As the Covid-19 epidemic continues, our wound center partners find themselves navigating an entirely new landscape. Randy Brooker, President of Center Operations, has managed wound care programs for over 15 years. He’s also a certified hyperbaric technologist and a previous educator for various hyperbaric courses. Here, he answers common questions about Covid-19 and hyperbaric oxygen therapy (HBOT).
Q: How can wound centers keep hyperbaric oxygen therapy (HBOT) patients safe when they receive treatment during the current pandemic?
A: It’s important to note that many wound care patients need this essential treatment, even during this challenging time. Our patient population is already at high risk for complications, including amputation. So, we’ve collaborated with our wound care program partners to help them take their already rigorous disinfection policies to the next level with specific cleaners that are 1) safe for hyperbaric oxygen therapy chamber acrylics and 2) effective against the Covid-19 virus. In addition, it’s important to clean and disinfect all high-touch areas within the suite, including the HBOT unit, in between patient visits. Lastly, we suggest patient screening begin one day prior to each appointment. We suggest pre-appointment telephone screenings for any signs or symptoms of active disease. It’s important to screen once again before entry into the waiting room. Many of our wound centers are having patients call from their cars on arrival and wait until the unit is ready so they can be safely escorted to their treatment room. It’s important to reschedule if any risk is detected for the protection of employees and other patients.
Q: If a patient stops coming in for HBOT during the pandemic and returns several weeks or months later, what are the risks? If they simply cannot come in, what is done?
A: If a patient decides not to continue treatments for any reason, they need to be re-evaluated. This would include a new HBO orientation and a medical evaluation to assess if any medical changes would prohibit their resumption of care. Additionally, the patient may have improved to the point where HBO treatments may no longer be necessary. Lastly, if indicated and needed, we will again approach commercial payers for another round of authorizations and verify insurance benefits for the new course of treatment.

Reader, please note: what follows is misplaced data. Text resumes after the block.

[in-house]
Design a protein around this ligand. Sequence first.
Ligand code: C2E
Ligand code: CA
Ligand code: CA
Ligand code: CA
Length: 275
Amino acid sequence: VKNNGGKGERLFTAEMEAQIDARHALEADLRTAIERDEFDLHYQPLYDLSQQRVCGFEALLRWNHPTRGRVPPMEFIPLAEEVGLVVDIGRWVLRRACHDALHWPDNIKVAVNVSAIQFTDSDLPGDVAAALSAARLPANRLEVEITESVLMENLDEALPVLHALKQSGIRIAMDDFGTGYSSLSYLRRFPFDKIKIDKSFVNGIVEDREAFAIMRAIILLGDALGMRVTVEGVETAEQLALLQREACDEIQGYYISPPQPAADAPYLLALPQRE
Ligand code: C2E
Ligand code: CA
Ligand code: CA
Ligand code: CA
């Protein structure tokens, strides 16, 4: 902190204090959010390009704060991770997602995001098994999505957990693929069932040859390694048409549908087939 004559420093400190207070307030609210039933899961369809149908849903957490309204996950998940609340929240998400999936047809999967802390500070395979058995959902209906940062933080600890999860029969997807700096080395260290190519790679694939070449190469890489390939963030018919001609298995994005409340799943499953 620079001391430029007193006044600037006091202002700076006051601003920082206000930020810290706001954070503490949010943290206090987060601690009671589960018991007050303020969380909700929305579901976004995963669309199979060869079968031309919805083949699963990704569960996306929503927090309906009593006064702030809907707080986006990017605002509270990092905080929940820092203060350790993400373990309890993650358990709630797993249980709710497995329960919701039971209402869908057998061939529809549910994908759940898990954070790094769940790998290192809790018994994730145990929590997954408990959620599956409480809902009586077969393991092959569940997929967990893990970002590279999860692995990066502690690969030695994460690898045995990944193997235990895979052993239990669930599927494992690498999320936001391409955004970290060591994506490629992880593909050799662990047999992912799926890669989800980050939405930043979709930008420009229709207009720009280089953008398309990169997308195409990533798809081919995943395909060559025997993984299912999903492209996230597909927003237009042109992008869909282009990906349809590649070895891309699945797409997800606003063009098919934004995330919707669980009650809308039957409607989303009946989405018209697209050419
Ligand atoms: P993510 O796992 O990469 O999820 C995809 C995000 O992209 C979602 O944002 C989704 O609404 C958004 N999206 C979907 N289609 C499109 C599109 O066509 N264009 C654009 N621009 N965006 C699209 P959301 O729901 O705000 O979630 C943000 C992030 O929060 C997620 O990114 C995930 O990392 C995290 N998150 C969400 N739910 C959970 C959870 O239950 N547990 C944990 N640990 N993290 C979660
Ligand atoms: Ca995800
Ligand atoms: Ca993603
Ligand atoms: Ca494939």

Q: Some hospitals are using HBOT as a way to help Covid-19 patients avoid the need for mechanical ventilation. Has it been effective?
A: It’s very early and we need more data. A couple of our HBO units are treating patients in an effort to improve organ hypoxia and prevent eventual patient intubation and mechanical ventilation (assumed to be a limited resource during a worldwide pandemic). There are a few small studies out currently showing some effect in both of these areas and other, larger studies are currently underway. The mechanisms of action associated with hyperbaric oxygen are uniquely able to impact these pre-critical patients’ disease symptoms, hopefully having positive effects on acute disease outcomes. We’ll know more soon, when the larger studies are released.
Q: There are clinical trials taking place now at NYU Winthrop Hospital/NYU Langone Health. What do we know, so far? Will this result in an increase in HBOT for COVID-19 patients?
A: The very early results of these studies indicate there is a positive result on the organ hypoxia and resulting “cytokine storm” that eventually leads to more critical disease. We need more data to determine the long-term role of HBOT in the COVID-19 patient population. The ongoing studies will certainly give us a better understanding of the future role of HBOT for this patient population.
Q: What about insurance coverage for COVID-19 patients and HBOT? Is it reimbursable?
A: At this point, the use of HBOT for these patients is for compassionate use only and no additional reimbursement is anticipated. It’s sometimes just the right thing to do for the patients’ overall well being. Should the study data be proven to have an effect on preventing the progression to a more critical nature including mechanical ventilation, it is possible that CMS, and probable that commercial payers, will begin to allow these treatments to be reimbursable.